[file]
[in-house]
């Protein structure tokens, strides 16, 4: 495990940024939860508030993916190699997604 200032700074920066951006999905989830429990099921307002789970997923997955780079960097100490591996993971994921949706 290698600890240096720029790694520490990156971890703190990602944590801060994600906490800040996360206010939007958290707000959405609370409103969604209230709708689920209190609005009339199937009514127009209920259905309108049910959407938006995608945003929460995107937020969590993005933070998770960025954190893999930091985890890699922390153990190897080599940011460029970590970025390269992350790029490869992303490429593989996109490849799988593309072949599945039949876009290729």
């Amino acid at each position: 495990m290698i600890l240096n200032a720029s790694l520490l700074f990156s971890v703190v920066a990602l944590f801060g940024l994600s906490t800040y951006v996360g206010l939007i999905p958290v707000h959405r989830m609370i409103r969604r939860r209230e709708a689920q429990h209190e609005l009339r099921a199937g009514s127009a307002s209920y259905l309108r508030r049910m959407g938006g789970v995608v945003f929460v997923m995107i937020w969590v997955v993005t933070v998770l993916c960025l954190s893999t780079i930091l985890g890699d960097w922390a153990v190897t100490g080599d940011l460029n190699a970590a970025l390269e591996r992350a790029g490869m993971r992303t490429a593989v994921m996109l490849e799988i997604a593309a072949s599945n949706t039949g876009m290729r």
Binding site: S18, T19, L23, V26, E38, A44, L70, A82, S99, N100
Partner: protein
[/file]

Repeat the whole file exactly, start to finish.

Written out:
[in-house]
């Protein structure tokens, strides 16, 4: 495990940024939860508030993916190699997604 200032700074920066951006999905989830429990099921307002789970997923997955780079960097100490591996993971994921949706 290698600890240096720029790694520490990156971890703190990602944590801060994600906490800040996360206010939007958290707000959405609370409103969604209230709708689920209190609005009339199937009514127009209920259905309108049910959407938006995608945003929460995107937020969590993005933070998770960025954190893999930091985890890699922390153990190897080599940011460029970590970025390269992350790029490869992303490429593989996109490849799988593309072949599945039949876009290729």
């Amino acid at each position: 495990m290698i600890l240096n200032a720029s790694l520490l700074f990156s971890v703190v920066a990602l944590f801060g940024l994600s906490t800040y951006v996360g206010l939007i999905p958290v707000h959405r989830m609370i409103r969604r939860r209230e709708a689920q429990h209190e609005l009339r099921a199937g009514s127009a307002s209920y259905l309108r508030r049910m959407g938006g789970v995608v945003f929460v997923m995107i937020w969590v997955v993005t933070v998770l993916c960025l954190s893999t780079i930091l985890g890699d960097w922390a153990v190897t100490g080599d940011l460029n190699a970590a970025l390269e591996r992350a790029g490869m993971r992303t490429a593989v994921m996109l490849e799988i997604a593309a072949s599945n949706t039949g876009m290729r």
Binding site: S18, T19, L23, V26, E38, A44, L70, A82, S99, N100
Partner: protein